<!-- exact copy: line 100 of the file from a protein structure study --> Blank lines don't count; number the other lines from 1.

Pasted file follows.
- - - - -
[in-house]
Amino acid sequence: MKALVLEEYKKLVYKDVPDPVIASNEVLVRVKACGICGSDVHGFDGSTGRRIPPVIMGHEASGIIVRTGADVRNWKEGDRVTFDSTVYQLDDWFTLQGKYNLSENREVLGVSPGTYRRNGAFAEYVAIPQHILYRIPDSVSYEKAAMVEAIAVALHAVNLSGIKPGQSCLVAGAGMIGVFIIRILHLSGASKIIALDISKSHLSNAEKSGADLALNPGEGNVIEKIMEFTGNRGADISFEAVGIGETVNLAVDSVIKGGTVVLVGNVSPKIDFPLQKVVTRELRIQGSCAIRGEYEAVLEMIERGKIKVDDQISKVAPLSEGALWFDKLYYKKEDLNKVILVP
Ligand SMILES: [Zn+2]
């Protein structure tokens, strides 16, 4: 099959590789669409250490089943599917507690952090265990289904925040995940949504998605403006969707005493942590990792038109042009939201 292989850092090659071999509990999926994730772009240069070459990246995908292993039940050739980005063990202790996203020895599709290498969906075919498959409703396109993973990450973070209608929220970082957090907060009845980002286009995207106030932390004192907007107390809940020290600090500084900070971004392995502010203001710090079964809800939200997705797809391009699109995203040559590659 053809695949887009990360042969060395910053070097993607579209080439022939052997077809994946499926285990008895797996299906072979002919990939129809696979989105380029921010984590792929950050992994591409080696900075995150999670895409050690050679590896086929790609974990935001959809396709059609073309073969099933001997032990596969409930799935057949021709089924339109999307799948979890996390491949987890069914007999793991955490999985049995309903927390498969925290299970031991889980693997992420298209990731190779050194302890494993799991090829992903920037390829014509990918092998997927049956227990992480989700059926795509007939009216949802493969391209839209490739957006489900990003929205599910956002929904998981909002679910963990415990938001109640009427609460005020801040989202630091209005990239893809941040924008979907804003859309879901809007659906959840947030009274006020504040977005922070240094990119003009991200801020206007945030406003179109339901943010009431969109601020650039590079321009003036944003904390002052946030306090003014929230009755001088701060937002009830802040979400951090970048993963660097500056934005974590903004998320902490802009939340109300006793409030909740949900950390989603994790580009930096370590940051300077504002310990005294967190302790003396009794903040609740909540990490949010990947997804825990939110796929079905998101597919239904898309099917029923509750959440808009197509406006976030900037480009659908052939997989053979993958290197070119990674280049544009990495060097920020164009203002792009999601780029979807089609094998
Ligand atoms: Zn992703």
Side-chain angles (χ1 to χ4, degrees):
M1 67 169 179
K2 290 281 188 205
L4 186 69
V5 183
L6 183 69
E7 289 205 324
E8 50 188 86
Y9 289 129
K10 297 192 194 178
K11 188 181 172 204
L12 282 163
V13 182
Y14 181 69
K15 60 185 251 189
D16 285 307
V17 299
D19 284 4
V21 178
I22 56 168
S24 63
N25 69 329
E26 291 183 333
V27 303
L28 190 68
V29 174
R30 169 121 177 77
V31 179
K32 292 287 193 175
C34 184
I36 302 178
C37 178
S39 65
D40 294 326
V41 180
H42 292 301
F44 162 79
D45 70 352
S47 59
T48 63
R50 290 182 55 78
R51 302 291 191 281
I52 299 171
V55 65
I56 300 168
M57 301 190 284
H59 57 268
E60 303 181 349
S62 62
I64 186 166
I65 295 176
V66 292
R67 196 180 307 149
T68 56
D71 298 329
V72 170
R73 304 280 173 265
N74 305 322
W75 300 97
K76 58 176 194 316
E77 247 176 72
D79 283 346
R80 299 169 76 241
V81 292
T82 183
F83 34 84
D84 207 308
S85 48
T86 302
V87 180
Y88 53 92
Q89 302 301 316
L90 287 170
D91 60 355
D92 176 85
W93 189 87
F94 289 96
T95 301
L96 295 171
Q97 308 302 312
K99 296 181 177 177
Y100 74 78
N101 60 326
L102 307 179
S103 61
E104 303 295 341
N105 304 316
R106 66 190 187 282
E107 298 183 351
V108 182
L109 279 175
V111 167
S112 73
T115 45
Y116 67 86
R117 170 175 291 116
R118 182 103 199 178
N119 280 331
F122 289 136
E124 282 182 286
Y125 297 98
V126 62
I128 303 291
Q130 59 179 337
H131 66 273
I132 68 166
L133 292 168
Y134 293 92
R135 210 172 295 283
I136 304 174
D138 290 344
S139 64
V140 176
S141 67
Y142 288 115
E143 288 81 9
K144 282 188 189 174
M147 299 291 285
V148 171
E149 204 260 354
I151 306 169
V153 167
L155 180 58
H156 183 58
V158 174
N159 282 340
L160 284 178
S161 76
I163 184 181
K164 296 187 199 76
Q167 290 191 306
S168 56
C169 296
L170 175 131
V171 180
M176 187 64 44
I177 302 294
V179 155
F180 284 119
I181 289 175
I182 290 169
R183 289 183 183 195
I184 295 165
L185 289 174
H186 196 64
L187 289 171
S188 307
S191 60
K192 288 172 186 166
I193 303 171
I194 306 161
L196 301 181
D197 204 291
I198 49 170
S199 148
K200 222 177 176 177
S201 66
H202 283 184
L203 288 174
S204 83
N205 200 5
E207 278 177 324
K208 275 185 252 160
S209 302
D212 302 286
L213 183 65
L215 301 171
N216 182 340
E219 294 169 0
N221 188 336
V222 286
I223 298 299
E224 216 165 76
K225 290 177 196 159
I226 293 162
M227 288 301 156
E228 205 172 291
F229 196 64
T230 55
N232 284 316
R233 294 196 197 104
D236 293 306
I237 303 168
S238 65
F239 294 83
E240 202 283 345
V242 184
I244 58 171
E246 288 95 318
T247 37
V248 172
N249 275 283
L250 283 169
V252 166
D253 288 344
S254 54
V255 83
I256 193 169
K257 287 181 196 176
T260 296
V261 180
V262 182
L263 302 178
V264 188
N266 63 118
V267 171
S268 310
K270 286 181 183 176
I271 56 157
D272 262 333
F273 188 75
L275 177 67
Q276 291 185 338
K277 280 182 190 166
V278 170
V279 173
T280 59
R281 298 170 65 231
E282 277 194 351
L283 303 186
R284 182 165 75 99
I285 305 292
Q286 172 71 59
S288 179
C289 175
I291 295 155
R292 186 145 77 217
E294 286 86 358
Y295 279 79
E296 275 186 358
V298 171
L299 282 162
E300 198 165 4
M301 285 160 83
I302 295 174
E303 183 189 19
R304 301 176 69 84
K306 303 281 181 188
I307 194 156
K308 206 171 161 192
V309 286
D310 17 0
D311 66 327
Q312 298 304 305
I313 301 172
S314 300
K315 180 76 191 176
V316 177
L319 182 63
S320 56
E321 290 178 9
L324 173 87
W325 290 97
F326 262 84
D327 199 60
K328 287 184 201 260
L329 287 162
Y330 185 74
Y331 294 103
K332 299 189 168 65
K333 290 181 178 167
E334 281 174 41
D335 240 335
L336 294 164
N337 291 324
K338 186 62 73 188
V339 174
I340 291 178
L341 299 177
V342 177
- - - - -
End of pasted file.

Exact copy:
Y116 67 86